A family affair

A family affair

Quantum Financial principals Tim and Claire Mackay speak to ifa’s James Mitchell on why it’s the personal connections that set their firm apart

Quantum Financial is different. The boutique planner’s website will tell you so, but it’s not until you enter the firm’s quaint boardroom that you see why.

On one wall is a giant map of the world, adorned with pins representing where on the globe Quantum’s clients are and have been: deep into Asia, scattered across the Americas and all over Africa, Europe and Australia.

Surrounding the map is a huge collection of photographs. Family photographs, pictures of young couples, some with new born babies, pensioners holidaying in Myanmar...

But what is it that sets Quantum apart?

“We are the advisers that other advisers send their families to for advice,” says principal Tim Mackay, who runs the business his father started 20 years ago with his sister, Claire.

“That for us is a lovely affirmation of what we are doing,” he says.

It is clear that Quantum is a family affair, a solid planning business built on trust and deep personal relationships with its clients.

Bill Mackay established Quantum Financial in 1994, but initially would not let his children join the firm.

“He wanted us to go off and gain experience and get our qualifications and learn elsewhere,” Claire says. “He wouldn’t let us join until he thought we were ready.”

In the interim, Claire cut her teeth at PwC after completing a law degree, before joining Tim – who was advising fund managers for Deutsche Bank – in investment banking.

“The beauty of it is the work we were doing was the other side of the work we do now,” she says, alluding to the heart of the Mackay ethos – education.

Quantum is renowned for being a stickler for compliance and ethics, and the Mackays are continually learning and broadening their knowledge.

Their father returned to university later in life to study theology, which comes back to the ethics, says Tim.

“Don’t forget Mum!” says Claire, “Mum’s in the business as well,” she says with a laugh.

“Mum comes from an education background; she was a teacher, so she is very much making sure we keep up to date with our professional requirements.

“She keeps us on the straight and narrow with compliance, and works behind the scenes.”

In an industry that is still finding its feet in terms of professionalism, ethics and compliance, Quantum champions old-school values and strives to raise the bar for industry standards.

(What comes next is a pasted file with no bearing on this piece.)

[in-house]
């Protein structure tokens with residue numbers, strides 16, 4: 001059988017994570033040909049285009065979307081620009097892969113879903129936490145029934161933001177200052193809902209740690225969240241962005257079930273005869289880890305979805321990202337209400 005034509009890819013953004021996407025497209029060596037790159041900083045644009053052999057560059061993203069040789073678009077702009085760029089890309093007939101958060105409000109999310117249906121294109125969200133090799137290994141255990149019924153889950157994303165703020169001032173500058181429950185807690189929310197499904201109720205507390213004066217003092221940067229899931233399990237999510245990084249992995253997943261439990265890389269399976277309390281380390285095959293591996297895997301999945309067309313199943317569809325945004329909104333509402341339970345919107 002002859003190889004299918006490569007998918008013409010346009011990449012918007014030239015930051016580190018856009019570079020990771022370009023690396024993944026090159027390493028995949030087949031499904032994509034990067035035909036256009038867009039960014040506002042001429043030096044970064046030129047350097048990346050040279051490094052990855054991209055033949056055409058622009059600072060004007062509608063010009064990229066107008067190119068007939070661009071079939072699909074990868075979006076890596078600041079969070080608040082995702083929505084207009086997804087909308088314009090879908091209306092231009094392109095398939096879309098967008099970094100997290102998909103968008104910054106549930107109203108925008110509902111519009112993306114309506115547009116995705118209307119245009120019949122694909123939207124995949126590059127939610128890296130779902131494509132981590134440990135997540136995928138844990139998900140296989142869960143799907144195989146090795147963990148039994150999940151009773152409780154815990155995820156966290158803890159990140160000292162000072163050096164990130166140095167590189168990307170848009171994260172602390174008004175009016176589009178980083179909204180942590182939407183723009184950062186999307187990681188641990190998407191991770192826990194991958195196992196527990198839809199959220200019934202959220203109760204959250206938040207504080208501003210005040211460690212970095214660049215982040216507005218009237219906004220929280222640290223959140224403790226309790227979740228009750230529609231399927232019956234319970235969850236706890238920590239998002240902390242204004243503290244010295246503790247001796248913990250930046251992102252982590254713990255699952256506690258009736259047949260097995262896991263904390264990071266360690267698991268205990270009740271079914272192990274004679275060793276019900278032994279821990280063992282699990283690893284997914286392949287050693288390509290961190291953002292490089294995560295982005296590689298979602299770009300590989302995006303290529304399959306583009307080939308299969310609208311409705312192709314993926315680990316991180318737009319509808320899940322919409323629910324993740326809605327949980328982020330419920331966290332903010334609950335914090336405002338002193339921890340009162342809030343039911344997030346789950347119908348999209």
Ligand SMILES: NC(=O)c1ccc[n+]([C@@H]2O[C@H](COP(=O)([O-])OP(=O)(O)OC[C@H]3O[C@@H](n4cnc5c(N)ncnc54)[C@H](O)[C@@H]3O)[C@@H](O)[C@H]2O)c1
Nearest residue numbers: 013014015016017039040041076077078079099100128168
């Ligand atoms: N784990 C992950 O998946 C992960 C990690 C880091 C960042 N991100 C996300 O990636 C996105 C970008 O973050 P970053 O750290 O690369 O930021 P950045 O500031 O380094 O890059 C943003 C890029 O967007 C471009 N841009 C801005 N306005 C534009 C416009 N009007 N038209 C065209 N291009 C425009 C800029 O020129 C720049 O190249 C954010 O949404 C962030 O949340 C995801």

“I think when you are in a service industry it is not enough just being compliant with the law. We don’t need to have degrees to do what we do,” says Claire (who holds three herself). “All we need is IG 936.

“But is that really providing the best service? Again, this is the ethos of the firm and of the service industry: you strive to do your very best.”

It is this striving that gives Quantum its name, adds Tim.

“Our name, ‘Quantum’, comes from Thomas Aquinas, who wrote in 1264: ‘Quantum potes, tantum aude’ or ‘So much as you are capable of doing, dare to do that much’.”

As a boutique, Quantum holds its own licence and gives transparent advice that is not influenced by a parent company or product provider.

Where other planners see value in vertically integrating their business to create a ‘one stop shop’, the Mackays, once again, are different.

“We don’t perceive value for our clients in that,” says Tim.

“Because we are also both chartered accountants, it means we can work with other accountants very well. They see our speciality in financial planning as something they don’t have, but it means when they are talking about accounting stuff it isn’t a foreign language.

“We work together for the client’s best interest. For our business model, horizontal integration is not the right way to go,” Tim says.

With the firm well established in Sydney – and no plans to sell out to the banks – expect Quantum to be adding pins to its map 20 years from now.

This article first appeared in the February 2014 issue of ifa magazine

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